Laurie Macdonald, Florida Program Director
This Saturday, April 20th, will mark the third anniversary of the Gulf of Mexico oil disaster. By Earth Day 2010, we had learned the terrible news that 11 men had died in an explosion on the Deepwater Horizon rig and we hoped an environmental crisis was not going to follow.
But follow it did. Over 200 million gallons of oil spewed from a failed drilling operation nearly a mile below the ocean surface: hot, highly pressurized petroleum hydrocarbons that had been stewing for millions of years. In the days that turned into months of frantic work to seal the well, the oil and attempts to contain it caused direct and long term damage to wildlife and their habitat, including an unknown number of deaths.
How can there be restitution for such an assault on the precious and extensive resources of the Gulf? How can the environmental losses be restored and the related economic losses be compensated? Sea turtles, whales and dolphins surfacing to breathe and sea birds resting or diving into the ocean were covered with oil. Seahorses and juvenile sea turtles living in the floating sargassum seaweed mats were killed when the mats were showered with dispersants and burned. Below the surface, deep sea coral colonies and shallow seagrass beds died due to the toxic combination of dispersants and oil. And on the beach, shorebird nests and chicks were trampled and scraped away by uninformed workers during cleanup operations, while heavy equipment and lights disturbed and harmed wildlife. Every part of the Gulf was affected by the spill, from its shores to the sea floor. People dependent upon marine resources, from shrimpers to hotel and restaurant owners, lost significant livelihood, and some of those living along the affected areas suffer ongoing illnesses.
A complex combination of legislation and lawsuits is causing the responsible parties, British Petroleum (BP) and others, to pay significant costs and fines. Penalties under the RESTORE Act passed by Congress on June 29, 2012 will make $4 billion available for restoration and improvement of the Gulf and for the people that suffered losses due to the spill. The RESTORE Act ensures that 80 percent of Deepwater Horizon civil and administrative penalties under the Clean Water Act will go to Gulf Coast restoration, and sets up a framework that can ensure coordination between the Gulf States and the Federal government.
Defenders’ Florida Representative Elizabeth Fleming and I recently attended a public meeting of the Gulf Coast Ecosystem Restoration Task Force, which is evaluating which projects are most important to fund. The meeting was held to listen to information from the public about what actions we believed would be of the greatest benefit to the Gulf.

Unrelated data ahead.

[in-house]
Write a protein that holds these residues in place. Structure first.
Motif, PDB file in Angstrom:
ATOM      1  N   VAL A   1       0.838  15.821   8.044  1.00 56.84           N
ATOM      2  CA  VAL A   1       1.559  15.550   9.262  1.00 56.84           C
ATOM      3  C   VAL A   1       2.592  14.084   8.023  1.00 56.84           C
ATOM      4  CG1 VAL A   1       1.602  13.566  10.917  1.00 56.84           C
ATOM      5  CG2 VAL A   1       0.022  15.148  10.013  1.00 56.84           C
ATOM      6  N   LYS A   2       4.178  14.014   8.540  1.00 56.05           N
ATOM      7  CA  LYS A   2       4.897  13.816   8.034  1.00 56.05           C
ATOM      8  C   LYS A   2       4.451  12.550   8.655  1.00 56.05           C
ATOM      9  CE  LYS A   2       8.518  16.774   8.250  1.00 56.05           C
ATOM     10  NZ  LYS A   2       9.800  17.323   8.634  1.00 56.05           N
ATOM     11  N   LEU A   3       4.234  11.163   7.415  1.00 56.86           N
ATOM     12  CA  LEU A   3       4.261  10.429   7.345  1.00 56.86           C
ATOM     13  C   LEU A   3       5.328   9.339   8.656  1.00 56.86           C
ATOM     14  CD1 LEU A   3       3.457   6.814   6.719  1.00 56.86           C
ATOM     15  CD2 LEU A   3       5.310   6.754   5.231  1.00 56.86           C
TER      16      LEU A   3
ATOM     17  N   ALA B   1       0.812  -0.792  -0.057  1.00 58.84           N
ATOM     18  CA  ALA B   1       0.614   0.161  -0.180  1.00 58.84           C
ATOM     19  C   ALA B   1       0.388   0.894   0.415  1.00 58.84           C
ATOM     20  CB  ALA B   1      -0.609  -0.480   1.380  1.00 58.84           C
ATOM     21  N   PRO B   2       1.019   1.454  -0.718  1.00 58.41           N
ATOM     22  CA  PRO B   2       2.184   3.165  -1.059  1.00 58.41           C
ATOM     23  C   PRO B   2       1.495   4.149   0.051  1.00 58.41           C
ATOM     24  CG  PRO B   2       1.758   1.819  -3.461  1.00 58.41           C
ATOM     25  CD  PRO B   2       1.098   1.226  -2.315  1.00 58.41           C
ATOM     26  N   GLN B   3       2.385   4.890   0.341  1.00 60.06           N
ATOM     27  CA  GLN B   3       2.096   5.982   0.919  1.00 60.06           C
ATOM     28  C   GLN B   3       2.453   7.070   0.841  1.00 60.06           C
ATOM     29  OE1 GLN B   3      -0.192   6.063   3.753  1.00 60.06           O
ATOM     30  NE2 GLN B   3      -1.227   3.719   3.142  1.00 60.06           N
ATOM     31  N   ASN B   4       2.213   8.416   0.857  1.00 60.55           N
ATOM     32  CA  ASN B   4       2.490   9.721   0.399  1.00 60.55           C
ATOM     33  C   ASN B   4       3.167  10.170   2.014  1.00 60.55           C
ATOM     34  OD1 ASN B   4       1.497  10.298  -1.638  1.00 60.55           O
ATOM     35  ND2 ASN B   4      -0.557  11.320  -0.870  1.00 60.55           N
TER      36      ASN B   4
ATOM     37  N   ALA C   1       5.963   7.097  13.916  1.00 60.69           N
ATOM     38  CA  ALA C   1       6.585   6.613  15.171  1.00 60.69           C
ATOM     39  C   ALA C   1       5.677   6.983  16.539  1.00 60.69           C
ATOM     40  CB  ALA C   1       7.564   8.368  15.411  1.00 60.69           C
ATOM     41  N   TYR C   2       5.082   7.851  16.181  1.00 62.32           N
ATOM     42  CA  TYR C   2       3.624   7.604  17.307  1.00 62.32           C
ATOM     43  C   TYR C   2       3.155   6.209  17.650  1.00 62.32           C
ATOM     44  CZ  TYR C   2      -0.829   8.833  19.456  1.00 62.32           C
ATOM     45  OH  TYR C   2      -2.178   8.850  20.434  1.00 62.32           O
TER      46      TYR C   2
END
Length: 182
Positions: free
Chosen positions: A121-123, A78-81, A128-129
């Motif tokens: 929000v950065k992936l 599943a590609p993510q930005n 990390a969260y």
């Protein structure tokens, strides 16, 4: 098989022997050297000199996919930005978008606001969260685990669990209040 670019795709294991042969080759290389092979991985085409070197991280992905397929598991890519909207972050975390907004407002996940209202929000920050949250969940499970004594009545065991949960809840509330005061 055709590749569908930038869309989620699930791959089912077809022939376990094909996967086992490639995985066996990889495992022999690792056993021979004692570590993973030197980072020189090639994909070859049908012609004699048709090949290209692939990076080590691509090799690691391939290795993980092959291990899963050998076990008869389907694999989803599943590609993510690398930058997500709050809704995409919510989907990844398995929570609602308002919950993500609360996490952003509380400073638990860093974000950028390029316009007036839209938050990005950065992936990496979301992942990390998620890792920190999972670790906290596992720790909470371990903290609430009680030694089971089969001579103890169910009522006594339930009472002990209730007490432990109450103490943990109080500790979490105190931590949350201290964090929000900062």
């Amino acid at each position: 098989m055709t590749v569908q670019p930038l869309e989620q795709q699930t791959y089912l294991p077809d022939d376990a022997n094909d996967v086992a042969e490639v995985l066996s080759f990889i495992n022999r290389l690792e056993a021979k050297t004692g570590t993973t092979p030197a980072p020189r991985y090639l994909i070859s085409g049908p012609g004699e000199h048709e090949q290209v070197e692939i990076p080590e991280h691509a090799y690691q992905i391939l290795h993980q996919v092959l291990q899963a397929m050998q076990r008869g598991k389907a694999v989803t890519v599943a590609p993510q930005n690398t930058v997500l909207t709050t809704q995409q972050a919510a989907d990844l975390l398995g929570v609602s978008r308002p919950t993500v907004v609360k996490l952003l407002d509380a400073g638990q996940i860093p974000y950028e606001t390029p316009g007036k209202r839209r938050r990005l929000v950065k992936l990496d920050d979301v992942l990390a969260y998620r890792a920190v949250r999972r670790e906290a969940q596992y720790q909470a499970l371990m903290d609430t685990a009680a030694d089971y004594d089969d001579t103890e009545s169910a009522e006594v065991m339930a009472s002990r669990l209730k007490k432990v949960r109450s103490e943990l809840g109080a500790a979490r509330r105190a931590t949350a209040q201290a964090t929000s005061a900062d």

On behalf of Defenders, I presented a report that we produced with the National Wildlife Refuge Association that describes tracts of conservation land along the Gulf Coast and connections inland that should be acquired and added to the refuge system. This will protect wildlife habitat and help wildlife adapt to the impacts we are experiencing as a result of climate change and sea level rise. Examples include expanding the Gulf Islands National Seashore to protect sea turtle nesting beaches as well as people’s access to the coastline, and adding to the St. Marks National Wildlife Refuge to complete the ocean-to-inland connection that wildlife will need to rely on as they adapt to climate change.
I pointed out three principles that I think should guide the decisions on how to spend the restoration funds. First, all projects, including those not focused on the environment (boat ramps and the like) must result in ecosystem benefits. Second, all projects should also take climate change and sea level rise into consideration. And lastly, the most important action we can take is to acquire valuable conservation areas that add to our system of natural resource lands and wildlife habitat.
Author Carl Safina in his book “A Sea in Flames,” closes with an observation on northern gannets — large, shining white seabirds that migrate from Canada to the Gulf of Mexico for the winter. Gannets dive for their prey and so they are directly affected by oil adhering to their bodies and by eating contaminated fish. Safina remarks that the first oiled bird whose image was in the news during the Gulf oil disaster was a gannet, and that seabird biologists speculated that up to a third of the population would be affected. The gannet already faces a host of threats near its breeding grounds, and is now suffering the impacts of the oil spill even 2,000 miles away, where it spends the off-season.
It is clear that the Deepwater Horizon oil spill will continue to affect wildlife and habitat for years to come. Our job now is to help our damaged Gulf regain its health with carefully planned, enduring restoration work.